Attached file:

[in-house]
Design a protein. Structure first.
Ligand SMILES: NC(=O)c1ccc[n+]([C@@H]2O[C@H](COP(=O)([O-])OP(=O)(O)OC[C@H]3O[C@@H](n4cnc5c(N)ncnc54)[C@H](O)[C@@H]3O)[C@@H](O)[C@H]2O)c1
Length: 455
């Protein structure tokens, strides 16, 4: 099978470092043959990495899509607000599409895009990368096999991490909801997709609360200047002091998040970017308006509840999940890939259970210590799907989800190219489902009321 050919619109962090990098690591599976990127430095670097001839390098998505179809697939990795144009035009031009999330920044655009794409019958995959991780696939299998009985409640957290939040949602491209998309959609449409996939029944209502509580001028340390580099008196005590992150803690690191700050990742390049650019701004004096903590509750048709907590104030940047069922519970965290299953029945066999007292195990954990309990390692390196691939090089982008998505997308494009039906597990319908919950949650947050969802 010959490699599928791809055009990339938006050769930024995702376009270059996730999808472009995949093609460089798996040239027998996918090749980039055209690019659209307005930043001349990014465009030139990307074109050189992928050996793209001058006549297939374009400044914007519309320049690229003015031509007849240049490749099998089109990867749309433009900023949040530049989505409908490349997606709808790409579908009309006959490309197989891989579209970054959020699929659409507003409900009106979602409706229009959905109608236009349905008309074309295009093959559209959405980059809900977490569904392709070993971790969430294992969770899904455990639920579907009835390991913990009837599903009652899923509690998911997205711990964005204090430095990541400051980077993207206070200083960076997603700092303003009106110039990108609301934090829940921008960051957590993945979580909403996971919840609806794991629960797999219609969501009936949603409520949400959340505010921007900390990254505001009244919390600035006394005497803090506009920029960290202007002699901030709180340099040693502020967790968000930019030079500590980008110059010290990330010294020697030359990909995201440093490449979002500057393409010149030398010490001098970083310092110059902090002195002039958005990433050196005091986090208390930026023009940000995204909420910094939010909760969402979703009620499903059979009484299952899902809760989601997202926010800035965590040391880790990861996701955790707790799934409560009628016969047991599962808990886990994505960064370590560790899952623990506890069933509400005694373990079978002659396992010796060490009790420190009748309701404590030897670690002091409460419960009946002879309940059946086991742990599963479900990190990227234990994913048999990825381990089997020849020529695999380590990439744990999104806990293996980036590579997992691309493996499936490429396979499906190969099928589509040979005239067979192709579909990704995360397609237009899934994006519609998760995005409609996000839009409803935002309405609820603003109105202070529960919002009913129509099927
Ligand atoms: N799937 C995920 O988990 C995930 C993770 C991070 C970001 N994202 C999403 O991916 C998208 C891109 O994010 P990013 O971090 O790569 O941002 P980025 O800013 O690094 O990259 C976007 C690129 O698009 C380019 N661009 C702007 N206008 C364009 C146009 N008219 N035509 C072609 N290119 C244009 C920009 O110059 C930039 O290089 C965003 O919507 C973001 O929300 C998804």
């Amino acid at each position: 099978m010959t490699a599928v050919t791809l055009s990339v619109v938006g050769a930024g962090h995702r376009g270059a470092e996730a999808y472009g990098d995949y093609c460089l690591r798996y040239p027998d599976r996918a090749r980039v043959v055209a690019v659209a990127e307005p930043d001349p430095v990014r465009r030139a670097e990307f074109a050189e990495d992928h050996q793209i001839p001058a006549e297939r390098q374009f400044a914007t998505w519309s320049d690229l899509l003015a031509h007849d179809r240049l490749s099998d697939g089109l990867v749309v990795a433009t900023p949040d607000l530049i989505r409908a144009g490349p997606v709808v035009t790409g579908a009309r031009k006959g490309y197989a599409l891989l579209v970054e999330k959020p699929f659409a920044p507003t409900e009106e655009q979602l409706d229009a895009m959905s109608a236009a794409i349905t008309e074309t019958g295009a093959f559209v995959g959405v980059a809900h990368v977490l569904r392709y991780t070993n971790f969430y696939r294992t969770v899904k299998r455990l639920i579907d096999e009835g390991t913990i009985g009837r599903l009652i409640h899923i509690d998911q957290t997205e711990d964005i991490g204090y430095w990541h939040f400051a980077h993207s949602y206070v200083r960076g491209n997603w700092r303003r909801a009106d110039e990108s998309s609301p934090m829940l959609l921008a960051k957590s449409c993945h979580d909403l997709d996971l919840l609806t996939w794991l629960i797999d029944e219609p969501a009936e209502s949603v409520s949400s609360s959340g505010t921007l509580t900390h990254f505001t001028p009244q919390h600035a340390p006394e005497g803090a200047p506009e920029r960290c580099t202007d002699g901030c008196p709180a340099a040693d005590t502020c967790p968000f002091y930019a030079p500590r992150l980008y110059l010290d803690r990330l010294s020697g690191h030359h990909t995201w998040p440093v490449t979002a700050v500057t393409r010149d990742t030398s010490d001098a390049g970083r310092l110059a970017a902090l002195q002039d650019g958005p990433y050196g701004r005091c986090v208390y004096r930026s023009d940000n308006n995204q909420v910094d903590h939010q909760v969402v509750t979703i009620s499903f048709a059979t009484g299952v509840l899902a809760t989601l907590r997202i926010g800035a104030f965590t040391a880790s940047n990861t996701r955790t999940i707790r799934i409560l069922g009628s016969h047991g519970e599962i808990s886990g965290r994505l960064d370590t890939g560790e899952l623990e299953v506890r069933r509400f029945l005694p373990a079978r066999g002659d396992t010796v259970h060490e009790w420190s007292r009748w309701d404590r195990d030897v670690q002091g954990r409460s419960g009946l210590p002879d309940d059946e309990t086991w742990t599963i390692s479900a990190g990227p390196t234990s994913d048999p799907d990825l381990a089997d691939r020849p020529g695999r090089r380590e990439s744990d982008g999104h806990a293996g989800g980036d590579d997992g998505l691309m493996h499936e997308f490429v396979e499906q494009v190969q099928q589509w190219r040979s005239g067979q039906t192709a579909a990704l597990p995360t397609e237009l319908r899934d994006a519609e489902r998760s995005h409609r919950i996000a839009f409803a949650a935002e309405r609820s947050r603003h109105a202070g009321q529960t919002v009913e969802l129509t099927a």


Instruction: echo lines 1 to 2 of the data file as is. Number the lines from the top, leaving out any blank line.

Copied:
[in-house]
Design a protein. Structure first.